How to Handle Mistakes in the Rally Ring

You're in the middle of a rally run, and something goes wrong. Your dog makes an unexpected mistake, and you're left frantically wondering what to do! Making those split decisions in the moment can be hard, but those decisions can make the difference between a qualifying and non-qualifying run! Let's talk about the best way to handle some of the more common mistakes that happen in the rally ring! 

Dog Incorrectly Performed a Sign

Oh no! Your dog just sat instead of standing, or maybe he turned the wrong way, or he anticipated coming to you. You have to make a decision - take the 10 point hit for an incorrectly performed (IP) sign, or redo the sign for 3 points? First, remember that you may not retry a jump or a sit stay. There are also no redos in the Rally Master classes.

Knowing the rules here is important, because you only get an IP (incorrect performance, which is a 10 point deduction) if your dog fails the principle part of the exercise. Not sure what that means? Check out the rally regulations. The principle part of each sign is underlined in the description.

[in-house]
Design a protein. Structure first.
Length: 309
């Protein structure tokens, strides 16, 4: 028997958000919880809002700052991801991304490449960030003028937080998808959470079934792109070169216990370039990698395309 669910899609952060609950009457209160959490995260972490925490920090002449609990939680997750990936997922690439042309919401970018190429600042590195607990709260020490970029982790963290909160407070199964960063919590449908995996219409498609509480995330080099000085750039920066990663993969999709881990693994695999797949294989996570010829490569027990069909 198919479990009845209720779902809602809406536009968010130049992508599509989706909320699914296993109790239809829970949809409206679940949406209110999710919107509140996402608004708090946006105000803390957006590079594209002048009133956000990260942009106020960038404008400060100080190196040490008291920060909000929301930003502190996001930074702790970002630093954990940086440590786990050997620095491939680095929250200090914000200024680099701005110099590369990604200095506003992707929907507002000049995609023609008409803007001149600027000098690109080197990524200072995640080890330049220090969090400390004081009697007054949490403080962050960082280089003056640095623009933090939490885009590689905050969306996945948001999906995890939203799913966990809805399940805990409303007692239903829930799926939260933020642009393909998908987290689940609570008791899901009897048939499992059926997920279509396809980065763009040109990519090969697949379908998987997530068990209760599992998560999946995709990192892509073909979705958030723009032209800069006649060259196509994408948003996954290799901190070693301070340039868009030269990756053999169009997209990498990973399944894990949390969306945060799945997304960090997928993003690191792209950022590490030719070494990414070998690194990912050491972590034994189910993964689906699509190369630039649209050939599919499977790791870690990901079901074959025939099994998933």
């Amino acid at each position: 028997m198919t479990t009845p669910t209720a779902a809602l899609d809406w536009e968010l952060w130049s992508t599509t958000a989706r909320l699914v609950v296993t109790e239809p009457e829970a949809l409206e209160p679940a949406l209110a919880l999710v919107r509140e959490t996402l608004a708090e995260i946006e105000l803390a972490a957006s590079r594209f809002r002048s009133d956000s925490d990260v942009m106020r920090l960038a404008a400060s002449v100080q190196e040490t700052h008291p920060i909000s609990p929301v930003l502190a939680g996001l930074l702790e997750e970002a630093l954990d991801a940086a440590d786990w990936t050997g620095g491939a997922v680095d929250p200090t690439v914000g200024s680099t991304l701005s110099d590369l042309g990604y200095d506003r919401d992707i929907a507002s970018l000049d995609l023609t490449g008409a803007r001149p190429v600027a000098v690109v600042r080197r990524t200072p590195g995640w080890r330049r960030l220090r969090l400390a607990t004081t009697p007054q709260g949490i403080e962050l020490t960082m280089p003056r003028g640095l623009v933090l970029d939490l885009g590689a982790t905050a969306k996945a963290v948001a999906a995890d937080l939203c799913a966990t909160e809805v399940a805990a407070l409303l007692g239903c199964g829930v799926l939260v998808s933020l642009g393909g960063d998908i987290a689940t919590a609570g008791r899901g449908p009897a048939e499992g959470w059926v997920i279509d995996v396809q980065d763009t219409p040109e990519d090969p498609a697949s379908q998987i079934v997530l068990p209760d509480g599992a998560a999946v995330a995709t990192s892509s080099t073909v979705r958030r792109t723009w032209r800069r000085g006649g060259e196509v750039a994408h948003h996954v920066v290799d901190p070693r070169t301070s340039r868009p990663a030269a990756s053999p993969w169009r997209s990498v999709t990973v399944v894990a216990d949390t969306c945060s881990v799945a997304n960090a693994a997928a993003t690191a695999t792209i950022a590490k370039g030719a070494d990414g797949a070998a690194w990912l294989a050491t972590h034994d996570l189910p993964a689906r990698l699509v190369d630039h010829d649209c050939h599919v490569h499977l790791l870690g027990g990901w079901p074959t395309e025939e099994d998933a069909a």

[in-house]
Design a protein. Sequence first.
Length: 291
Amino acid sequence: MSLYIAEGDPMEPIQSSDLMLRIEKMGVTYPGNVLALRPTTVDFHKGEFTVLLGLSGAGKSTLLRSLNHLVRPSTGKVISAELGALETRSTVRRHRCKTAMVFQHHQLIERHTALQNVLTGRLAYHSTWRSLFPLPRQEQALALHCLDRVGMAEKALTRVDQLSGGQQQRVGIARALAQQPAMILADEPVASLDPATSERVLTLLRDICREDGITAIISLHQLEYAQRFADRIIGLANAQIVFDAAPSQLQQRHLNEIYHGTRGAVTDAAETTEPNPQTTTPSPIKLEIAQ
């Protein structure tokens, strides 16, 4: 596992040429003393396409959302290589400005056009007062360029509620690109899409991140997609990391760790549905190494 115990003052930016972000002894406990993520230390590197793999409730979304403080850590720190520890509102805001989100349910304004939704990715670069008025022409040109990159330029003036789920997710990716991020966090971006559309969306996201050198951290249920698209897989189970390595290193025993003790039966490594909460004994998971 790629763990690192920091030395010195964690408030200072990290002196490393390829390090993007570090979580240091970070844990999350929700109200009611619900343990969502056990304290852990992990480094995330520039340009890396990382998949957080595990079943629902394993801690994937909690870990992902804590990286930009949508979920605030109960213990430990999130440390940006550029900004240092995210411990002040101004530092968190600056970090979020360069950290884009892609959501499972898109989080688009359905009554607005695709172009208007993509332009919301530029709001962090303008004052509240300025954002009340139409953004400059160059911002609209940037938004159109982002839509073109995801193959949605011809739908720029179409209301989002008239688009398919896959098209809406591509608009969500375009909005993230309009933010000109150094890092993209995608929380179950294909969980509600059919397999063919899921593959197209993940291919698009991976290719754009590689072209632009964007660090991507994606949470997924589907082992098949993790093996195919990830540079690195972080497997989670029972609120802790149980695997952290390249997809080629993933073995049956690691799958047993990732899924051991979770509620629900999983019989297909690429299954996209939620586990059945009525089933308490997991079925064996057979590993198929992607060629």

If your dog sits crooked on a sign, that's just a point deduction. If you redo the sign for a crooked sit, you'll lose 3 points for the redo, so it's best to take that crooked sit and move on!

If the dog fails the principal part of the sign, it's generally best to redo the sign. However, that is not always the right answer! Maybe your dog really struggles with a certain skill. It may not be in the best interest of your dog to retry that sign. For instance, if my dog really struggles with a moving down and I'm pretty sure he's not going to do it correctly, I'm definitely not going to give him the opportunity to not do it again! If you redo a sign, you lose 3 points, and if your dog fails the second time, you get an IP for a 10 point deduction. When I am trying to decide if I should redo a sign or continue on, I will only settle on redoing the sign if I am reasonably sure my dog will perform on the retry. If there's any question, we move on.